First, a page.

Despite all the blather, Concord is registered with the Cal bar just like Taft or any other distance learning school.

http://info.concordlawschool.edu/pages/accreditation.aspx

Now if Concord had California Bar accredidation that would be something.

jonlevy

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Re: Northwestern California University, School of Law.
« Reply #57 on: July 18, 2012, 01:15:38 PM »
I doubt there is any ill intent, but you probably should not  put individuals names i.e. the prosecutor on this board without their consent they might not appreciate being dragged into this debate unknowingly and having their name pop up in a google search.

A Prosecutor is a public official and the links are to news stories.  Their stories are germaine in that one would not necessarily want to sweat out 4 years of  law school and then try to get a job in those high risk podunk counties even if one could. They play for keeps in those places, this is nothing new. Anyone who has worked in a small rural California county could tell worse stories.

Cher1300

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Re: Northwestern California University, School of Law.
« Reply #58 on: July 18, 2012, 01:40:41 PM »
More than 40 percent of Concord's graduates have already earned a graduate degree, including nine MBA, five Ph.D., and four MD degree holders. These accomplished professionals included small business owners, college professors, a surgeon and an engineer who was in Afghanistan serving in the Army Reserves for much of his third year of law school (a quote from A. Miller at the 2010 graduation ceremony).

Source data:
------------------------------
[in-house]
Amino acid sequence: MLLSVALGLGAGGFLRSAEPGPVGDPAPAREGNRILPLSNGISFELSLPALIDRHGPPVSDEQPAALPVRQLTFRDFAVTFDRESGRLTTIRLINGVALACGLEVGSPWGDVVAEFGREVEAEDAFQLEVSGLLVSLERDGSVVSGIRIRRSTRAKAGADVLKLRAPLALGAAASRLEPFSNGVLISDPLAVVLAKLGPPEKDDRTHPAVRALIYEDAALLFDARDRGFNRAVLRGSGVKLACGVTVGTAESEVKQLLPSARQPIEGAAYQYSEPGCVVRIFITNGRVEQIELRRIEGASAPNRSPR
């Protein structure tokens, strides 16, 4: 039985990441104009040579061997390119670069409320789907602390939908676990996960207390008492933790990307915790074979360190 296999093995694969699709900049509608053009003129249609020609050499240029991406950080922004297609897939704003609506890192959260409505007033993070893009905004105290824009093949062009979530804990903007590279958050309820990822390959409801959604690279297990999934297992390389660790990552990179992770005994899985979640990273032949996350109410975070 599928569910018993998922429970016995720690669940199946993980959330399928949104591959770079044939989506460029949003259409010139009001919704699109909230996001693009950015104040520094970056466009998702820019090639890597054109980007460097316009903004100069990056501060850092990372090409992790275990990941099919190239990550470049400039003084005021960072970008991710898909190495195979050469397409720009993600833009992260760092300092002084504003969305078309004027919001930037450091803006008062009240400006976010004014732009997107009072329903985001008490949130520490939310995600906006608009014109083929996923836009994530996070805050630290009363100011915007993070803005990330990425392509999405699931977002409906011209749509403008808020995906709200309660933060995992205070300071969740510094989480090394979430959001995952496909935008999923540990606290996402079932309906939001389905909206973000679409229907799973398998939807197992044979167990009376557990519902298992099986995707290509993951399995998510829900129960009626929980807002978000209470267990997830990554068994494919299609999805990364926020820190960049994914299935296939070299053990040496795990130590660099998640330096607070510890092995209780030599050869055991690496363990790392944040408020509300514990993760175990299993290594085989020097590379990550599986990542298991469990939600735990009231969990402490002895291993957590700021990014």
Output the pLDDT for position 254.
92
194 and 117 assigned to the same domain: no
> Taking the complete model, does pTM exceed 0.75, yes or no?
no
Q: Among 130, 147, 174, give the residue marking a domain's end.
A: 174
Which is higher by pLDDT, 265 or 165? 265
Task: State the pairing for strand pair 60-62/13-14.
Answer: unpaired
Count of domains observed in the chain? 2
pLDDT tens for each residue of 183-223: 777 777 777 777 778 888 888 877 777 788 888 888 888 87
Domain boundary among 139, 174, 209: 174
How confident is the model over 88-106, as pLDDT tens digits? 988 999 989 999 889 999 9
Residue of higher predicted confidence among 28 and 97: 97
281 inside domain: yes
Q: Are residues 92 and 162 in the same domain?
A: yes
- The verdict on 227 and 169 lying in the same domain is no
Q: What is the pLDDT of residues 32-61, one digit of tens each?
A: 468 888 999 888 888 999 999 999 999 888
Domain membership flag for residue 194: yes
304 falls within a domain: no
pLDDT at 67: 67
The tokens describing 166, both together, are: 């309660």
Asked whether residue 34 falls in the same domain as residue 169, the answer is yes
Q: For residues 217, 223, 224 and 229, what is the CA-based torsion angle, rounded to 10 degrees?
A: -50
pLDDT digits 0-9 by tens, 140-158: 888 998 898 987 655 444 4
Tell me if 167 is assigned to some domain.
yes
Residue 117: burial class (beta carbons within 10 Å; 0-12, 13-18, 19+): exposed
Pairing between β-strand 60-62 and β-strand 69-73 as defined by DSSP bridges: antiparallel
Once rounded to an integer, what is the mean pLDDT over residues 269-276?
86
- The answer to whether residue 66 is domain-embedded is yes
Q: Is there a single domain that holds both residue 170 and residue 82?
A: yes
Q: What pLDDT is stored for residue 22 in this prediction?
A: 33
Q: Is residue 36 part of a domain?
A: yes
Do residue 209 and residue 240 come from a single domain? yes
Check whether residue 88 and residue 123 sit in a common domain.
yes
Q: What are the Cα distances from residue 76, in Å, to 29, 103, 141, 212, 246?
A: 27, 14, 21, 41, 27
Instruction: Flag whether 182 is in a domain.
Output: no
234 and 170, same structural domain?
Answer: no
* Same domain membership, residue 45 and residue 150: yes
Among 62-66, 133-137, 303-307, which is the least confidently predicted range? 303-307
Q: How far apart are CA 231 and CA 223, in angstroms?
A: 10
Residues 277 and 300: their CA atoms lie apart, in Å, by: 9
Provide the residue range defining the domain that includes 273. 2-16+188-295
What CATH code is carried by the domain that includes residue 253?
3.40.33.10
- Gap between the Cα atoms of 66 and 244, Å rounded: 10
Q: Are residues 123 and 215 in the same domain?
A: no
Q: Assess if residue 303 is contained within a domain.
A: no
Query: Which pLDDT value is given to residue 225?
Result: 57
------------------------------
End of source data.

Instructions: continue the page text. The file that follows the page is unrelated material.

For those of you that think the online is not the way to go, I beg to differ.  I have had attorneys tell me they wish they had the opportunity and the smaller loan bill.  I have had hiring partners tell me they don't care if the school is ABA, don't care about GPA's, if you go to a school, pass the Cal Bar and you have a brain for presenting yourself on paper, you'll land that interview and become an attorney.  I choose not to waste money that I could spend on better things than some school that gives me the same opportunity to sit for the BAR exam.  Lastly, I know for a fact that the brick and mortar NON ABA accredited school in Chico has produced at least two DEPUTY DA's for Butte county.  Those that discriminate about whether a school is ABA or not ABA don't want change and are not prepared for the next step, schools that are online are more efficient and can give the SAME education with out the high education expense costing our country and our citizens. California is doing a fabulous job of turning out some pretty darn good lawyers from nonABA schools and to say that you better go to an ABA if you want to be a Deputy DA is hogwash.. 

The first lecturer for Concord in 1998 was Arthur Miller a well known professor from Harvard Law School!  I love his civil procedure lectures and my degree, my education and my future career as a lawyer may very well be better than most brick and mortar schools because of the lecturers that are at my school.

Lastly,  if you work in a law office ANYWHERE and want to go another route, 2 years of college course work, under instruction of an attorney you can become eligible to sit for the FYLSE and every 6 months submit the required report to the CA bar. After Passing the FYLSE and completing the study requirements a person may sit for the Bar Exam and upon Passing the BAR without EVERY having gone to ANY law school or correspondence program that person can become a lawyer.  Just think, just the cost of time and expense of books!  Sounds like Abe Lincoln, except he did his studies in a log cabin.